Deborah Cramer lives with her family at the edge of a salt marsh in Gloucester, Massachusetts, where each year she awaits the arrival of horseshoe crabs and alewives in tidal creeks, and the passage of migrating sandpipers and herons. She writes about science, nature, and the environment, and is a visiting scholar at MIT’s Environmental Solutions Initiative.
Cramer has written three books, Great Waters: An Atlantic Passage, Smithsonian Ocean: Our Water Our World, and The Narrow Edge: A Tiny Bird, an Ancient Crab, and an Epic Journey. She has lectured about her writing and the sea on both sides of the Atlantic, at science and maritime museums, environmental and teachers’ organizations, and undergraduate and graduate schools in oceanography and journalism. Her writing has most recently appeared in Audubon, BBC Wildlife, the Boston Globe and on the op-ed page of the New York Times.
The Narrow Edge has received the Best Book Award from the National Academy of Sciences, the Rachel Carson Book Award from the Society of Environmental Journalists, and the Reed Award in Environmental Writing from the Southern Environmental Law Center.
Nick Obradovich is Senior Research Scientist and Principal Investigator at the Max Planck Institute for Human Development in the Center for Humans and Machines. He previously worked as a research scientist at the MIT Media Lab. He holds a PhD from the University of California, San Diego and completed his postdoctoral training at Harvard University’s Kennedy School. He is the Human-Environmental Systems Fellow at Scripps Institution of Oceanography and is a research affiliate at MIT’s Environmental Solutions Initiative. Nick lives in Oregon, USA.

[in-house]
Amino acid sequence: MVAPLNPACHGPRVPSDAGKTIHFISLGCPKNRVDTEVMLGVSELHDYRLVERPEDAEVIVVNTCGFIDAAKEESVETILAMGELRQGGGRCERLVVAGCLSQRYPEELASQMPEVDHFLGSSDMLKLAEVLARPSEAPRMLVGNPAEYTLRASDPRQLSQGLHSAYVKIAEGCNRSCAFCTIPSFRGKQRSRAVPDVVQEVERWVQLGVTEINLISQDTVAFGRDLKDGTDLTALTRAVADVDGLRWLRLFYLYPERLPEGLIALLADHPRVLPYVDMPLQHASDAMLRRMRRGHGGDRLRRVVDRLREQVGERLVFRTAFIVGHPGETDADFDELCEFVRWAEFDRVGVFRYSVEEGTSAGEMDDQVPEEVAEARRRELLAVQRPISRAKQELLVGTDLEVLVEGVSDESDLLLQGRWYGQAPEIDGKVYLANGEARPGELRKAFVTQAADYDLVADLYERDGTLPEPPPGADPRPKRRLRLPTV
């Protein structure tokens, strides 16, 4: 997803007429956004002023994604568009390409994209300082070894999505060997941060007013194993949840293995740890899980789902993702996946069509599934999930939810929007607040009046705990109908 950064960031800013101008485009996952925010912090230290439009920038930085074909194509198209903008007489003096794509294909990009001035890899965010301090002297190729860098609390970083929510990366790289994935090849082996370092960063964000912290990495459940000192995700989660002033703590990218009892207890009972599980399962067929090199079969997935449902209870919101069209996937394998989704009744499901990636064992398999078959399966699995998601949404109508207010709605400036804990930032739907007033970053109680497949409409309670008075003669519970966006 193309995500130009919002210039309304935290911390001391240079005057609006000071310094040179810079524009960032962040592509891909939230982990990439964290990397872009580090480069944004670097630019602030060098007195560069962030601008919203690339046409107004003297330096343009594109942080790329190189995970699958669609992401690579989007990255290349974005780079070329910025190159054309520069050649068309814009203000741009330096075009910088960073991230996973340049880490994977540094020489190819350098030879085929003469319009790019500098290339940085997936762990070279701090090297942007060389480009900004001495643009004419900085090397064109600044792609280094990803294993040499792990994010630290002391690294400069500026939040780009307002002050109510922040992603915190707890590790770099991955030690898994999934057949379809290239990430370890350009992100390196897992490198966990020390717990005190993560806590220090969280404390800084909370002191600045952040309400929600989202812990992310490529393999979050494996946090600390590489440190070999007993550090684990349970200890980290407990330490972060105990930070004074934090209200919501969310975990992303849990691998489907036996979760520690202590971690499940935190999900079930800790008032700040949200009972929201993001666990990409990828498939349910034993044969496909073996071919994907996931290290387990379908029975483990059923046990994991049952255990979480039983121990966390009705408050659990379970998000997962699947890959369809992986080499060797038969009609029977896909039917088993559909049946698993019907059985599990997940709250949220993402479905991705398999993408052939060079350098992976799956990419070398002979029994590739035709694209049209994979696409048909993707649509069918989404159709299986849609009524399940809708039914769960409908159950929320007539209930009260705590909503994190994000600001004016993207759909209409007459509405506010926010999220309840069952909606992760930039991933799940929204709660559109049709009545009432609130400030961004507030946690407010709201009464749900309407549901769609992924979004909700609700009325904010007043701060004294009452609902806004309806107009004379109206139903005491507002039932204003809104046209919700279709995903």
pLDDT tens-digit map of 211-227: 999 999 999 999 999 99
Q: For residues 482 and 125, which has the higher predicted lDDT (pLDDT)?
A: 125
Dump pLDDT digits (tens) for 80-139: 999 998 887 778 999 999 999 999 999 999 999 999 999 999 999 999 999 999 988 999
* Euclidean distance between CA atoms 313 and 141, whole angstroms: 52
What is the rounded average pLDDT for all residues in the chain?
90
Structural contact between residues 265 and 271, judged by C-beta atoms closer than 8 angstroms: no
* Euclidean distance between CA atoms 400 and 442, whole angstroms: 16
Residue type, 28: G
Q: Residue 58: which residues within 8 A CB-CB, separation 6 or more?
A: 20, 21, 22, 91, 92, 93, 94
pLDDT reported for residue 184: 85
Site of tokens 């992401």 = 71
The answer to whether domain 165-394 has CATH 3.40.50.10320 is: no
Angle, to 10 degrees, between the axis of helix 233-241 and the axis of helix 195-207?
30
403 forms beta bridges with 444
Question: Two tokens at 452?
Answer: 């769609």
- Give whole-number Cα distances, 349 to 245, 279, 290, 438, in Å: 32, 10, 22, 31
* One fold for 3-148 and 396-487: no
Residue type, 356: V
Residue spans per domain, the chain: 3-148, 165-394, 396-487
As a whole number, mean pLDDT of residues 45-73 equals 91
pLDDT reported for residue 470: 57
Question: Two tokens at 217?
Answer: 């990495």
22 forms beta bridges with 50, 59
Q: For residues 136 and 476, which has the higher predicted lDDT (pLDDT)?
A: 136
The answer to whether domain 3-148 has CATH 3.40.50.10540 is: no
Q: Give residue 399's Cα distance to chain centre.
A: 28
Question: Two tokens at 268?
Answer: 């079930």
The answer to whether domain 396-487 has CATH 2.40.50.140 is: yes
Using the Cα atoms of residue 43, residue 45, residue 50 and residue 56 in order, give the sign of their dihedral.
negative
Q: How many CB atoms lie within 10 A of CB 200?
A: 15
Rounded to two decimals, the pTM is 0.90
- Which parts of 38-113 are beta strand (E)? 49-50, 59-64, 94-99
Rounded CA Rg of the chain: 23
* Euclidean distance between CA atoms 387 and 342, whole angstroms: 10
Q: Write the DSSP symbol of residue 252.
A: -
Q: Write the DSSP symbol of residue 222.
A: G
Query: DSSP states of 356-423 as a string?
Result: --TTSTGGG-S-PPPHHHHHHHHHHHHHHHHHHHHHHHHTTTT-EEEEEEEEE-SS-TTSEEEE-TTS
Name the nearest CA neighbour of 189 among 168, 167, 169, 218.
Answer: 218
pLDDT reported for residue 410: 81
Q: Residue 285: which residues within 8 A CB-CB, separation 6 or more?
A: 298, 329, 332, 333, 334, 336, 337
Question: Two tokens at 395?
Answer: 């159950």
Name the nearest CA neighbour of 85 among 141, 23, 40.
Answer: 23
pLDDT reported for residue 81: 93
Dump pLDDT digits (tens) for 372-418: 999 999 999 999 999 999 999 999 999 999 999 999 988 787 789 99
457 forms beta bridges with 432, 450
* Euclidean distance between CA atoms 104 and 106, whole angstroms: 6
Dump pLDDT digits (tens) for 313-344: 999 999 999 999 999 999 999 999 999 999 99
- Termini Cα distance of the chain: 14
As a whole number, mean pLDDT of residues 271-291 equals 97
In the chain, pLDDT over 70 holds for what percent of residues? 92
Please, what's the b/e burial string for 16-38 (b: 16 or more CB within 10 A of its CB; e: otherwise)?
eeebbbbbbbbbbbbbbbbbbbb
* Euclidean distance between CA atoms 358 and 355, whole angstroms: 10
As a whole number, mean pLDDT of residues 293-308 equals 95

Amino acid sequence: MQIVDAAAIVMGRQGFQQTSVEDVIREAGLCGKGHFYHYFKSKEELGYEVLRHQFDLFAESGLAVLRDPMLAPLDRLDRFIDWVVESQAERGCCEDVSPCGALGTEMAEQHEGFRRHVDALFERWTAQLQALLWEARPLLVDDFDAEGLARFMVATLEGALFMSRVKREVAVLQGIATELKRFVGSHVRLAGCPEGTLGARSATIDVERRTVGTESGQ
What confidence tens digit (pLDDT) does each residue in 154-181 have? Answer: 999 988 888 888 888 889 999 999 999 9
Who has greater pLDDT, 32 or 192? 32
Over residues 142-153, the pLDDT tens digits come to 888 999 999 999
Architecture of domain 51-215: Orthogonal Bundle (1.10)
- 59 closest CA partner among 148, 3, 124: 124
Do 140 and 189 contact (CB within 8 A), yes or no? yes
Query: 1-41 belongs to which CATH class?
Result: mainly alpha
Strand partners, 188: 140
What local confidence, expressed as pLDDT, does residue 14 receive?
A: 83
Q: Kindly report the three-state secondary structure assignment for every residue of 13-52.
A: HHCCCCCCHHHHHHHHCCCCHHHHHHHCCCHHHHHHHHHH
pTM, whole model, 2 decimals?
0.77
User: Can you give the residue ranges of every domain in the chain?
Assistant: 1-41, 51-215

Nick’s research combines his interests in artificial intelligence, climate change, and human behavior with his affinity for data science and computational methods. His work regularly appears in top academic journals and in major media outlets.
Nick’s climate research explores the human impacts of warming. He has uncovered climatic effects on mental health, mobility, mood, physical activity, and sleep as well as daily governance, democratic turnover, and civil conflict. He has also studied climate-related political behaviors, attitudes, and adaptation of expectations as well as the use of social media data to assess disaster damage and flood incidence.
Juan Camilo Osorio is a PhD Candidate in the MIT Department of Urban Studies and Planning (DUSP). His teaching and research emphasize the tension between cities, inequality, and environmental conflict. His dissertation focuses on the political economy of long-term climate adaptation planning and disaster recovery in post-disaster Mocoa, Putumayo (Colombia)—a case study of social and environmental inequity, in the face of climate change impacts, landslides and avalanches.
He is also an Adjunct Assistant Professor at Pratt Institute’s Graduate Center for Planning and the Environment in New York City, where he introduces graduate students to urban planning research through technical assistance studios in partnership with grassroots planning partners. His teaching reflects on ten years of professional urban planning practice. While working as Director of Research for the New York City Environmental Justice Alliance, he helped design policy and research on environmental and climate justice issues affecting low-income neighborhoods and communities of color. He also worked as Senior Planner and Geographic Information Systems Analyst at The Municipal Art Society Planning Center, where he used spatial information to support research and advocacy on community-based planning, urban design and historic preservation. Before moving to New York, he worked with the Massachusetts Fair Housing Center, a non-profit agency based in Holyoke, Massachusetts, using GIS to study systematic and procedural impediments to fair housing in the central and western regions of that state.
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